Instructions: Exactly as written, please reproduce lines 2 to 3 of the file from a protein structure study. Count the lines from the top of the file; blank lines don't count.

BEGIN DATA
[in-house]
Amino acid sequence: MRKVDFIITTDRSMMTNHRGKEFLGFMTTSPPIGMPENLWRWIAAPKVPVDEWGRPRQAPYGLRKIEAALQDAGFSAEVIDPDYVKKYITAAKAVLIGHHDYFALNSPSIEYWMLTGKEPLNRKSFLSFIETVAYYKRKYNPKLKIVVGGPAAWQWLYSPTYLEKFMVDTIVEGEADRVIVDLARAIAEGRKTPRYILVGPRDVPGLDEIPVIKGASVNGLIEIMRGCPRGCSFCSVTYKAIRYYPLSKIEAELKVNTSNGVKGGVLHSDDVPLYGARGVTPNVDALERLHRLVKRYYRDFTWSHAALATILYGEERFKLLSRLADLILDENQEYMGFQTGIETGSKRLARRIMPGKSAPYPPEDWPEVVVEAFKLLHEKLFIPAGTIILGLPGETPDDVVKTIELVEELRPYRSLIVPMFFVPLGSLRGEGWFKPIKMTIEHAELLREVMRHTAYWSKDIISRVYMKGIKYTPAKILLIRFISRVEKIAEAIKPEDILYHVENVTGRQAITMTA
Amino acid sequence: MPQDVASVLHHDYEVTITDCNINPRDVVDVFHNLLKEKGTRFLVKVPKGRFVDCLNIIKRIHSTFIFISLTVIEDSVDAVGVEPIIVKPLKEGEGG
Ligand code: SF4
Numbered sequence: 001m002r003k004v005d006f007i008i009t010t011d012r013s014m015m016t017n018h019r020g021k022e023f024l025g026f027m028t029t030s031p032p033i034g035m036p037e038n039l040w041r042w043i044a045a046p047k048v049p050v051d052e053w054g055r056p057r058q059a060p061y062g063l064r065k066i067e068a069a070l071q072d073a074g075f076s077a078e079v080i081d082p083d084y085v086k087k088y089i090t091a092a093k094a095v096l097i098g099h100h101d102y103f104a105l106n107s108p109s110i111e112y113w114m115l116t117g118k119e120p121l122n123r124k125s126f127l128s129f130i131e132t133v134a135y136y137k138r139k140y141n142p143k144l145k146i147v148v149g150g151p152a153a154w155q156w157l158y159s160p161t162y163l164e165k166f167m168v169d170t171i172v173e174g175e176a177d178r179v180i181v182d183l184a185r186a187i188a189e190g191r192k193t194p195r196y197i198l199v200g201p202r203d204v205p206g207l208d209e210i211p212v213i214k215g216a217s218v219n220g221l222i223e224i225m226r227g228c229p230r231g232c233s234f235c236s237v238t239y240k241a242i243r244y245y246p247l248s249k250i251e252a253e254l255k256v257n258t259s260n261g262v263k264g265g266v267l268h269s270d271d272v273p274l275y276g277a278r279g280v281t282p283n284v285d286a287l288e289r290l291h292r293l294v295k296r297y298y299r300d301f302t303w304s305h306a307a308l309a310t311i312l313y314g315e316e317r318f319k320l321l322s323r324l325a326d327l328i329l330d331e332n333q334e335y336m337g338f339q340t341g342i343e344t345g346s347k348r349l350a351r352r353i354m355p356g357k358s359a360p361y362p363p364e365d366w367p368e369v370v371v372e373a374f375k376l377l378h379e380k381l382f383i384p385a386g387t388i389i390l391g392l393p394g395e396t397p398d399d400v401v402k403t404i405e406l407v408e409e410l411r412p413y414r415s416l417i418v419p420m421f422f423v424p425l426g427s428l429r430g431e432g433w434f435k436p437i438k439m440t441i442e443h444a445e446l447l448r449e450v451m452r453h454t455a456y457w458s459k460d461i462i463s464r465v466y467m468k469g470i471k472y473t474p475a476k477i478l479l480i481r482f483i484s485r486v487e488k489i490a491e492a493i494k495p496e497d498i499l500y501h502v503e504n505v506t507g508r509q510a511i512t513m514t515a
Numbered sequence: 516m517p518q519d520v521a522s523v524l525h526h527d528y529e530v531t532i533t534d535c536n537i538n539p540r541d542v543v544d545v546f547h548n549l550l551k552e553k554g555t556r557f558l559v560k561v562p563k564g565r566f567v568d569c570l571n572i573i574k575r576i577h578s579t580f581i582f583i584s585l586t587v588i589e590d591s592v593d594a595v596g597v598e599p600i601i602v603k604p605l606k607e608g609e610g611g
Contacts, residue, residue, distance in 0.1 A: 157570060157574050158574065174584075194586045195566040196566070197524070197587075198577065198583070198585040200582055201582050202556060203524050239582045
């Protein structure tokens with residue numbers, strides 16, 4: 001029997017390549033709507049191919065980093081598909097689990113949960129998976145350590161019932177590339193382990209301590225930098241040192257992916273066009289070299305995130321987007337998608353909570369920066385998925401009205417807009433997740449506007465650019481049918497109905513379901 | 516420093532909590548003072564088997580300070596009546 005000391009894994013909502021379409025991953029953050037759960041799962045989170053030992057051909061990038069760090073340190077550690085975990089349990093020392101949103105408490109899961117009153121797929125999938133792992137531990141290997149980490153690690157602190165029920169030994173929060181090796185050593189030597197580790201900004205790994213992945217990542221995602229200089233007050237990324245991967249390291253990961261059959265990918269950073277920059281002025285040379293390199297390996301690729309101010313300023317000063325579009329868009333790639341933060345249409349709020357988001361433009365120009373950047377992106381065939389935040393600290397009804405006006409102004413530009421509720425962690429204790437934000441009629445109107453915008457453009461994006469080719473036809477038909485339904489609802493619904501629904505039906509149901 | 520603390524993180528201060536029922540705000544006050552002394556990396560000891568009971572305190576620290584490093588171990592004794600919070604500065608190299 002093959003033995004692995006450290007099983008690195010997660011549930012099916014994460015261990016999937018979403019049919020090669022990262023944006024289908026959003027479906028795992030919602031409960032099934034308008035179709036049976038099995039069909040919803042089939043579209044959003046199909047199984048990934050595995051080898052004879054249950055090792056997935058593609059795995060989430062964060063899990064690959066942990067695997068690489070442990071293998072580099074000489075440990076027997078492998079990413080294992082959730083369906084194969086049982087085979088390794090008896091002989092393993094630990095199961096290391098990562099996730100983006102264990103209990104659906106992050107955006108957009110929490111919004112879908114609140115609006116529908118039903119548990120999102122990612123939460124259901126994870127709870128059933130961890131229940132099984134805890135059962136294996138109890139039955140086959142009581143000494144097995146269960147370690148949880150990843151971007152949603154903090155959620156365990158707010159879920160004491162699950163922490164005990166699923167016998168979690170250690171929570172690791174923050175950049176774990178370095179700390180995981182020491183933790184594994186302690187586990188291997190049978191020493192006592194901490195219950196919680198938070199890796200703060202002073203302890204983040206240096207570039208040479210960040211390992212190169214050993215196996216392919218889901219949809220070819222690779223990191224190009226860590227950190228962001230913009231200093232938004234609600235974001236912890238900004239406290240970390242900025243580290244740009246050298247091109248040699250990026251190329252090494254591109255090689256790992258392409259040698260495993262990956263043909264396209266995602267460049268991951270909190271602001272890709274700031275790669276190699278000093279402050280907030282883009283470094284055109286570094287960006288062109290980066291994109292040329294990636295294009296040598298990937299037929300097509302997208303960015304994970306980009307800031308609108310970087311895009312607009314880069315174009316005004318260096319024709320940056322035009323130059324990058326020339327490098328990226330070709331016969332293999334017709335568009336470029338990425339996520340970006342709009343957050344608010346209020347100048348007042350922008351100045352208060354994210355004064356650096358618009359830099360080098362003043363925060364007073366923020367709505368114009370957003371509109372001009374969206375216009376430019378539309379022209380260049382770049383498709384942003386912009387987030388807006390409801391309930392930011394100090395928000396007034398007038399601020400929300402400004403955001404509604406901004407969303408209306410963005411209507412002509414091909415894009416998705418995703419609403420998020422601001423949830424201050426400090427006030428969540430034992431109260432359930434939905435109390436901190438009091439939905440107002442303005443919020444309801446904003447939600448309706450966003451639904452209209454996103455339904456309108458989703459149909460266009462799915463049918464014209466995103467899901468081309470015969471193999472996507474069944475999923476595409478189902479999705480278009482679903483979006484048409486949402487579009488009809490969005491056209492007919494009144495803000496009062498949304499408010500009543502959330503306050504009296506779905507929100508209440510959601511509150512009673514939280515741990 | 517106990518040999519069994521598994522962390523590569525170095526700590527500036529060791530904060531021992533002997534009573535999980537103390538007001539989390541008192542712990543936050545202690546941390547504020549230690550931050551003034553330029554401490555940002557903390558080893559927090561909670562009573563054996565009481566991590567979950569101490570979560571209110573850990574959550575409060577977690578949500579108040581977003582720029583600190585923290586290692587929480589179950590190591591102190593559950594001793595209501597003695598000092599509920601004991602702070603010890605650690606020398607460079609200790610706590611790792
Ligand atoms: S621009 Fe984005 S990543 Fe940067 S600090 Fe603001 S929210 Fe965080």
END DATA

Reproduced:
Amino acid sequence: MRKVDFIITTDRSMMTNHRGKEFLGFMTTSPPIGMPENLWRWIAAPKVPVDEWGRPRQAPYGLRKIEAALQDAGFSAEVIDPDYVKKYITAAKAVLIGHHDYFALNSPSIEYWMLTGKEPLNRKSFLSFIETVAYYKRKYNPKLKIVVGGPAAWQWLYSPTYLEKFMVDTIVEGEADRVIVDLARAIAEGRKTPRYILVGPRDVPGLDEIPVIKGASVNGLIEIMRGCPRGCSFCSVTYKAIRYYPLSKIEAELKVNTSNGVKGGVLHSDDVPLYGARGVTPNVDALERLHRLVKRYYRDFTWSHAALATILYGEERFKLLSRLADLILDENQEYMGFQTGIETGSKRLARRIMPGKSAPYPPEDWPEVVVEAFKLLHEKLFIPAGTIILGLPGETPDDVVKTIELVEELRPYRSLIVPMFFVPLGSLRGEGWFKPIKMTIEHAELLREVMRHTAYWSKDIISRVYMKGIKYTPAKILLIRFISRVEKIAEAIKPEDILYHVENVTGRQAITMTA
Amino acid sequence: MPQDVASVLHHDYEVTITDCNINPRDVVDVFHNLLKEKGTRFLVKVPKGRFVDCLNIIKRIHSTFIFISLTVIEDSVDAVGVEPIIVKPLKEGEGG